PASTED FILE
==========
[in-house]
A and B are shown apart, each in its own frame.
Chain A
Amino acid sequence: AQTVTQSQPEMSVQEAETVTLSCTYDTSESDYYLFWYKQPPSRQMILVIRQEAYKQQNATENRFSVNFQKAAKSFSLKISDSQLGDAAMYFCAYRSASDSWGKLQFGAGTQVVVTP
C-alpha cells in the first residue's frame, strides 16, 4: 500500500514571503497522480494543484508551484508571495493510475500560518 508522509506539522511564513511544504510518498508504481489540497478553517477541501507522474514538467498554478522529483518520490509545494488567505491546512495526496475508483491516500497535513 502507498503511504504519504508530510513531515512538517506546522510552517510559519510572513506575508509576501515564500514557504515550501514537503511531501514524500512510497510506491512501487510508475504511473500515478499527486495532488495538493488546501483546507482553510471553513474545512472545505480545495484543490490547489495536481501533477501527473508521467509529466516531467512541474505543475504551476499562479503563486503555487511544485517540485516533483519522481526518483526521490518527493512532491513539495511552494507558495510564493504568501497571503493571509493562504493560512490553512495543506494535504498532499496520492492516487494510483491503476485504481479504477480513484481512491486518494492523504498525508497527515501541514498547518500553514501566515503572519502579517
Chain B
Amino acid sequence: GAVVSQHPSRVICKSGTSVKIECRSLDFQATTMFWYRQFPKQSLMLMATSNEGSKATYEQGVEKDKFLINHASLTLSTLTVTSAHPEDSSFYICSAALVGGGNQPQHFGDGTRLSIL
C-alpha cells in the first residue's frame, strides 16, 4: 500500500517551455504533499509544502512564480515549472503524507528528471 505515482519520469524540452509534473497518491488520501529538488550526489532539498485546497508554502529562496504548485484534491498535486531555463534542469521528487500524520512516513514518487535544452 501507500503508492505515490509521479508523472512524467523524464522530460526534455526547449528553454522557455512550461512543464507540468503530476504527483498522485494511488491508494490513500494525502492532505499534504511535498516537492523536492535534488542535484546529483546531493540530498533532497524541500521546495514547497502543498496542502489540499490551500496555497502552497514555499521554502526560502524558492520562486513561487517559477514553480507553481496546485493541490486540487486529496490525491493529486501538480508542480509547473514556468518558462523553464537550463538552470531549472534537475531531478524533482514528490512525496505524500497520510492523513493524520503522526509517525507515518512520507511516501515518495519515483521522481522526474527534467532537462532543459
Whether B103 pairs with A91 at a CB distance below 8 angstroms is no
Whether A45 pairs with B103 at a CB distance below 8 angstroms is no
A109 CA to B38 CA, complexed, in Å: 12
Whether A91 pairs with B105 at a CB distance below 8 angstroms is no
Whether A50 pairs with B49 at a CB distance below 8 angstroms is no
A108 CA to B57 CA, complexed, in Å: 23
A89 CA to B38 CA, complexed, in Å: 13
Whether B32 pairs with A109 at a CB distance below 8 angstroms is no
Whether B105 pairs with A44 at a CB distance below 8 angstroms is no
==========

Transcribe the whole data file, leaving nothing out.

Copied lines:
[in-house]
A and B are shown apart, each in its own frame.
Chain A
Amino acid sequence: AQTVTQSQPEMSVQEAETVTLSCTYDTSESDYYLFWYKQPPSRQMILVIRQEAYKQQNATENRFSVNFQKAAKSFSLKISDSQLGDAAMYFCAYRSASDSWGKLQFGAGTQVVVTP
C-alpha cells in the first residue's frame, strides 16, 4: 500500500514571503497522480494543484508551484508571495493510475500560518 508522509506539522511564513511544504510518498508504481489540497478553517477541501507522474514538467498554478522529483518520490509545494488567505491546512495526496475508483491516500497535513 502507498503511504504519504508530510513531515512538517506546522510552517510559519510572513506575508509576501515564500514557504515550501514537503511531501514524500512510497510506491512501487510508475504511473500515478499527486495532488495538493488546501483546507482553510471553513474545512472545505480545495484543490490547489495536481501533477501527473508521467509529466516531467512541474505543475504551476499562479503563486503555487511544485517540485516533483519522481526518483526521490518527493512532491513539495511552494507558495510564493504568501497571503493571509493562504493560512490553512495543506494535504498532499496520492492516487494510483491503476485504481479504477480513484481512491486518494492523504498525508497527515501541514498547518500553514501566515503572519502579517
Chain B
Amino acid sequence: GAVVSQHPSRVICKSGTSVKIECRSLDFQATTMFWYRQFPKQSLMLMATSNEGSKATYEQGVEKDKFLINHASLTLSTLTVTSAHPEDSSFYICSAALVGGGNQPQHFGDGTRLSIL
C-alpha cells in the first residue's frame, strides 16, 4: 500500500517551455504533499509544502512564480515549472503524507528528471 505515482519520469524540452509534473497518491488520501529538488550526489532539498485546497508554502529562496504548485484534491498535486531555463534542469521528487500524520512516513514518487535544452 501507500503508492505515490509521479508523472512524467523524464522530460526534455526547449528553454522557455512550461512543464507540468503530476504527483498522485494511488491508494490513500494525502492532505499534504511535498516537492523536492535534488542535484546529483546531493540530498533532497524541500521546495514547497502543498496542502489540499490551500496555497502552497514555499521554502526560502524558492520562486513561487517559477514553480507553481496546485493541490486540487486529496490525491493529486501538480508542480509547473514556468518558462523553464537550463538552470531549472534537475531531478524533482514528490512525496505524500497520510492523513493524520503522526509517525507515518512520507511516501515518495519515483521522481522526474527534467532537462532543459
Whether B103 pairs with A91 at a CB distance below 8 angstroms is no
Whether A45 pairs with B103 at a CB distance below 8 angstroms is no
A109 CA to B38 CA, complexed, in Å: 12
Whether A91 pairs with B105 at a CB distance below 8 angstroms is no
Whether A50 pairs with B49 at a CB distance below 8 angstroms is no
A108 CA to B57 CA, complexed, in Å: 23
A89 CA to B38 CA, complexed, in Å: 13
Whether B32 pairs with A109 at a CB distance below 8 angstroms is no
Whether B105 pairs with A44 at a CB distance below 8 angstroms is no